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849 F2d 1472 General Clothing Industries Inc v. National Labor Relations Board

849 F.2d 1472

GENERAL CLOTHING INDUSTRIES, INC., Petitioner, Cross-Respondent,
v.
NATIONAL LABOR RELATIONS BOARD, Respondent, Cross-Petitioner.

Nos. 87-6017, 87-6166.

United States Court of Appeals, Sixth Circuit.

June 13, 1988.

Unpublished Disposition
NOTICE: Sixth Circuit Rule 24(c) states that citation of unpublished dispositions is disfavored except for establishing res judicata, estoppel, or the law of the case and requires service of copies of cited unpublished dispositions of the Sixth Circuit.

Before BOYCE F. MARTIN, Jr., MILBURN and RALPH B. GUY, Jr., Circuit Judges.

PER CURIAM.

1

Petitioner and cross-respondent General Clothing Industries, Inc. ("the Company") petitions this court to review and set aside an order of the National Labor Relations Board ("the Board") finding the company in violation of sections 8(a)(1), (3) and (5) of the National Labor Relations Act, 29 U.S.C. Sec. 151 et seq. The Board has cross-petitioned this court seeking enforcement of its order.

2

In April 1986, the Company's employees engaged in an organizational strike, which resulted in the recognition of Local No. 3-951 of the Oil, Chemical and Atomic Workers' International Union ("the Union") at the Company. On April 17, 1986, a collective bargaining agreement was reached between the Union and the Company that contained a no-strike clause providing that employees who did strike the Company would be deemed to have quit their employment. The agreement further provided that any amendment or modification of the agreement required a separate writing.

3

On July 17, 1986, twelve employees of the Company went out on strike as a result of a dispute regarding wages, working conditions, and the Company's stance toward the Union (which the employees felt was anti-Union). The Union representative, however, encouraged the employees to return to work, advising them that pursuant to the no-strike clause of the agreement, the employees were jeopardizing their continued employment. The representative also met that afternoon with a representative of the Company to discuss the strike situation. According to the Union representative, an oral strike settlement agreement was reached at the meeting in which it was agreed that the employees would be reinstated (with one short suspension), provided they discontinued picketing and returned to work on Monday, July 21, 1986. The Company, however, denied that any such agreement was reached at the meeting and, accordingly, refused to reinstate the employees. Later, on August 5, 1986, and again on September 4, 1986, the Company refused to accept grievances on behalf of these individuals since it felt they were no longer employees of the Company.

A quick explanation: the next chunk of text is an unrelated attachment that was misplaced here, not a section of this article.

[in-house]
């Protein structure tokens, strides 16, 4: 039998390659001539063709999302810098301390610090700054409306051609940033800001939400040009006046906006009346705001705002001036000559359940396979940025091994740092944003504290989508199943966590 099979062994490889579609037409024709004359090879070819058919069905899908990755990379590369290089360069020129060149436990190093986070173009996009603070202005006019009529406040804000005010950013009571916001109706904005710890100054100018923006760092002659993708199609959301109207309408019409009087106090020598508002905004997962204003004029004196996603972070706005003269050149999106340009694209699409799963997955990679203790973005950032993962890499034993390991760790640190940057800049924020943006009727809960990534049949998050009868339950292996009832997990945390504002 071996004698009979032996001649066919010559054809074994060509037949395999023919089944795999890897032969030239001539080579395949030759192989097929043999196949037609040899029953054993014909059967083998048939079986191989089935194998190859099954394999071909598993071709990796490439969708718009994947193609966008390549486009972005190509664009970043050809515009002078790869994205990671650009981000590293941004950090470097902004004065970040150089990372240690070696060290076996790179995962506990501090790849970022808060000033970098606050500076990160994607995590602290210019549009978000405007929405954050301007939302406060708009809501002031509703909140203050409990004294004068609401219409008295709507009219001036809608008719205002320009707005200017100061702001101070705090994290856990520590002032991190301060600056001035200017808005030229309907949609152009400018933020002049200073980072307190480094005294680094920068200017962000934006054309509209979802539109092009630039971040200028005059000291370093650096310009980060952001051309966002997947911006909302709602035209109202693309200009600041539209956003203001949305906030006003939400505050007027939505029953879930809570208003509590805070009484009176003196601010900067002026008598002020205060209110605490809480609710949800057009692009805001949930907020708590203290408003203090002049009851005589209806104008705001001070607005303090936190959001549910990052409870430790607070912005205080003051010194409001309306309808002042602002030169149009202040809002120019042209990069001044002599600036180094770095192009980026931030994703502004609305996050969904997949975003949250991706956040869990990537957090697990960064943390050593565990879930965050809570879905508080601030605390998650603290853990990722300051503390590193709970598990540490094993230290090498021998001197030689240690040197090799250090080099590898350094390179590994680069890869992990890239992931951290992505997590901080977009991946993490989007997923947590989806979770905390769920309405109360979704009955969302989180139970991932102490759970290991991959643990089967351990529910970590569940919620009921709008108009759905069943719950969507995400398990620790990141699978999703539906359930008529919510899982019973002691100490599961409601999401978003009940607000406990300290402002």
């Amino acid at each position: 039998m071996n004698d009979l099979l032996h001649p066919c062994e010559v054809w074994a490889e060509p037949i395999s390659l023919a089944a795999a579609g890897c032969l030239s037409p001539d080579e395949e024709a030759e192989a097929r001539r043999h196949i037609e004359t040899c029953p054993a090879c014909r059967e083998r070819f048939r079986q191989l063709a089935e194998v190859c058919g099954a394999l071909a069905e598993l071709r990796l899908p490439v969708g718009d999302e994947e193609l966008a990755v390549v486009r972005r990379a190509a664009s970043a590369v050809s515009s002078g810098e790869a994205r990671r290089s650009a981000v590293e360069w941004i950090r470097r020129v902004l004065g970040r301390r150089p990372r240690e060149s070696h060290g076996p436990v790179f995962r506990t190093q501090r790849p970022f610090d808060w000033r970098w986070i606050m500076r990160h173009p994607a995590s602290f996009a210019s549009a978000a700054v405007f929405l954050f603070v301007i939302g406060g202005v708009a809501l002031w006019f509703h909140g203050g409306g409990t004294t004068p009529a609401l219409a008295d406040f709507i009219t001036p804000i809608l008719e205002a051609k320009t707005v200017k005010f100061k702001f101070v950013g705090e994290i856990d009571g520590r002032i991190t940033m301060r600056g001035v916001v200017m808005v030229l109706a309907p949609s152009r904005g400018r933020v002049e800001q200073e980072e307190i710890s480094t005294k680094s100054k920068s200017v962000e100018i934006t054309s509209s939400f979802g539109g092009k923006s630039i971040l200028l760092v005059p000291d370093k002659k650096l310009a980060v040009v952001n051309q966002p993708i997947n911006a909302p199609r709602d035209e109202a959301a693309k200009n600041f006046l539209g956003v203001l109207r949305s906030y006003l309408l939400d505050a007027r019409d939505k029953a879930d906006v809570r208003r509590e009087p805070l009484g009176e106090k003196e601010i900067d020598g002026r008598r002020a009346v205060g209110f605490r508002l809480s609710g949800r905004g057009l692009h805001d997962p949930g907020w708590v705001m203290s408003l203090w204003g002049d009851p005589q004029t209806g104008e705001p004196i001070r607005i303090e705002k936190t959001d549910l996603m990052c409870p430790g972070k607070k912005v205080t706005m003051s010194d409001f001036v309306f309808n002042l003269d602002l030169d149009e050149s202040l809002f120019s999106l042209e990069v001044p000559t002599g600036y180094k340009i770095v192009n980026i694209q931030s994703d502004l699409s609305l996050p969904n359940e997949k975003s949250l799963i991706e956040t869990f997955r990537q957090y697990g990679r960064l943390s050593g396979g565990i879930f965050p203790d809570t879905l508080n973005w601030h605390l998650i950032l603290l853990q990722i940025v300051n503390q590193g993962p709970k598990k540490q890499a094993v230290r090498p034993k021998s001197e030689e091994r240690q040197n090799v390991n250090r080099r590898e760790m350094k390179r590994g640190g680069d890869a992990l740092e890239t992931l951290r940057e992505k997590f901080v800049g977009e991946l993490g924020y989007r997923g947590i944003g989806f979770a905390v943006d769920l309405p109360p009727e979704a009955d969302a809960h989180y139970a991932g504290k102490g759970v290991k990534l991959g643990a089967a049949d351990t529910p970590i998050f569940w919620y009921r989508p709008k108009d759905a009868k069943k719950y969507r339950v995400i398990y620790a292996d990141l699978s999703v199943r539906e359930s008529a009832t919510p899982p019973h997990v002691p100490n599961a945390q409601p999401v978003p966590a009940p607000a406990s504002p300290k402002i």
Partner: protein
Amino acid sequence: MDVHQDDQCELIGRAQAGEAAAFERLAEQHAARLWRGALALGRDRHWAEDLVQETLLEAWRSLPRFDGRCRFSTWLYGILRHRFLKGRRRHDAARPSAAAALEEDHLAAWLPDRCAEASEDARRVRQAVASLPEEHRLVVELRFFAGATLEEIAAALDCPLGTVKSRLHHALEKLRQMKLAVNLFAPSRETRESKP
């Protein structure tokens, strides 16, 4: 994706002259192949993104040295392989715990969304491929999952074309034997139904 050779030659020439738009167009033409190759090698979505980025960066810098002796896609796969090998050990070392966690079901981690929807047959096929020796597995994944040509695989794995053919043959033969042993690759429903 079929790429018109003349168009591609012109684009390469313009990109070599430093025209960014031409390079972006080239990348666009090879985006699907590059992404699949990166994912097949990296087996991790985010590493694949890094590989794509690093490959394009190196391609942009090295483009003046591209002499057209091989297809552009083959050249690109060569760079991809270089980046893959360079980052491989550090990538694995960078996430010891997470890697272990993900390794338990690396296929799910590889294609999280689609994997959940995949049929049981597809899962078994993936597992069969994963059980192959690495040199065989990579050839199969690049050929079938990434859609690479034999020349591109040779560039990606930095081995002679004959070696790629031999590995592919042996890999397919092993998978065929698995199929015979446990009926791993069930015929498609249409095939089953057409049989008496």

4

On appeal the Company argues (among other things) that the Board erred in finding a settlement agreement was reached at the meeting of July 17, 1986, and that even if such an agreement was reached, its breach should not be considered an unfair labor practice under sections 8(a)(1), (3) or (5). The Company also argues that the Board erred in finding that the Company's failure to accept grievances on behalf of these employees constituted a violation of sections 8(a)(1) and (5).

5

Upon consideration of the entire record, briefs, and arguments, we deny the Company's petition and grant enforcement of the Board's order for the reasons set forth in the Board's decision and order, 285 N.L.R.B. No. 79 (1987).